No matter who the coach is, how scary he can be and the rigid discipline he displays to keep his house in order, there will always be players for whom trouble is a magnet. Some skirt it and rejuvenate themselves, dodging the bullet sometimes literally and figuratively, as Ray Lewis did; sometimes they end up in jail for the rest of their lives like Rae Carruth. When dealing with grown men making the money amid the fame that NFL players are today, there’s nothing a coach can do to keep his players completely in line during their off-hours. Nor should it come as a surprise if a vast majority of professional athletes are carrying firearms. In fact, given the history of people seeking out athletes to rob because their salaries are so prominent, they’re irresponsible if they don’t take steps to protect themselves. Given today’s debate regarding guns, it’s not politically correct to say that, but there’s a difference between a person who has a need to protect himself and a mentally unstable person who is able to acquire weapons for the express purpose of committing mayhem.

A coach can’t tell a player not to take steps to keep himself safe and no one—not even Belichick—has such omnipotent powers to shield a key to his team like Hernandez from what happened in this case. Belichick has protection as well: the championships absolving him from any questioning and blame. Other coaches don’t have that. That’s his weapon if he chooses to use it and, unlike what might have happened with Hernandez, it’s not going to get him sent to jail if he does.

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  1. #1 by bdrube on June 20, 2013 - 9:46 pm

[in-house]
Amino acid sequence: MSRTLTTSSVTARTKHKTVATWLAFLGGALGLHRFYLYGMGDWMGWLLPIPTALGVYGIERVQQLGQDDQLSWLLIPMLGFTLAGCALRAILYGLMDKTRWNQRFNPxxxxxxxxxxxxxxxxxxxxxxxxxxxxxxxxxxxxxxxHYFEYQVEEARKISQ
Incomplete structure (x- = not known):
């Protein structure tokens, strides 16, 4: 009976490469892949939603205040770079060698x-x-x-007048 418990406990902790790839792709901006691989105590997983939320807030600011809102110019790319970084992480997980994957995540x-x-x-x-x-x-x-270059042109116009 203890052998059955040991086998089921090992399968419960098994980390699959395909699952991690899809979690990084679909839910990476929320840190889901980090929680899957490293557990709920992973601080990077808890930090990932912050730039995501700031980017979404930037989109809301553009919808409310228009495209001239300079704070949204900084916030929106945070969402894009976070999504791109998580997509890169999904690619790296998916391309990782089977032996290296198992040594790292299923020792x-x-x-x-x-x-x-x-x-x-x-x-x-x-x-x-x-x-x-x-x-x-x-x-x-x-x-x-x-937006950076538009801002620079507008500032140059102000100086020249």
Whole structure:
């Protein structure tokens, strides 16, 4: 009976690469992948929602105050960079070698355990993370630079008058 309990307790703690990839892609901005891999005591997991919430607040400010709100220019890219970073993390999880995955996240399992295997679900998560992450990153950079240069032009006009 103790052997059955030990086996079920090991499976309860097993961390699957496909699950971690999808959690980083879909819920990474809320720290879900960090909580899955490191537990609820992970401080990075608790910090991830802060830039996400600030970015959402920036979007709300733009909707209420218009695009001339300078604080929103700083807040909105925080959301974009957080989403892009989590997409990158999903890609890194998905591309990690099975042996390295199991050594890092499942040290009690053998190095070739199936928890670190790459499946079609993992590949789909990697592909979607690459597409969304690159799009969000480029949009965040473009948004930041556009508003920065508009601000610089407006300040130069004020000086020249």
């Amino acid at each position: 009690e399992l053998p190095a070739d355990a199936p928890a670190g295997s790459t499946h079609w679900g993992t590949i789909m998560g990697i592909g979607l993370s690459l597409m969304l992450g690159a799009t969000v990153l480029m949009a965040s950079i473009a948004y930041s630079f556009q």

I don’t necessarily agree that these athletes have to carry guns. There is a much more effective way not to get shot or robbed–don’t hang out with the thugs and thieves. At one point Randy Moss must have realized this, because I remember a report from a few years ago about how he had moved himself into a quiet gated community. Unless some power mad freak like George Zimmerman is on neighborhood watch, you’re going to be pretty safe in a place like that.

    I’d also use as an example how this type of crap doesn’t happen very often in MLB. Why? Possibly because most MLB players are suburban kids or are from other countries. It’s not a racial thing, but more of an American class problem. Ray Lewis grew up in a broken home, poorer than dirt in a neighborhood full of thugs. He was fortunate in that the 200o incident put the fear of God into him, literally.

    Besides, it takes good training to learn to fire a weapon properly and not hurt yourself or someone else you don’t want to hurt, something which I’d bet most of these guys don’t bother to put themselves through. See “Plaxico Burress” as exhibit No. 1 on that count.

    • #2 by admin on June 23, 2013 - 12:39 am

      Shawn Springs was in his home in a nice neighborhood when he suffered a break-in, got shot and killed. I’m not buying the MLB vs. NFL argument. MLB players get into trouble as well. There hasn’t been trouble to this degree unless you count Ugueth Urbina, but Wilson Ramos got kidnapped and players—because of their salaries—will constantly be targets.
      This thing with Hernandez is more of a criminality and silly code that Hernandez was following than him getting caught in a bad situation from going to a nightclub and having someone try to rob him. That’s on him for being stupid and putting his contract and life at risk. Plaxico Burress was on the extreme end of clumsiness. Sweatpants + loaded gun without a permit and without the safety on + nightclub = jail time and losing millions of dollars. I know that if I were in their position, I’d protect myself and steer clear of people who said the words, “You gotta help me,” with that help entailing dumping a dead body and destroying evidence.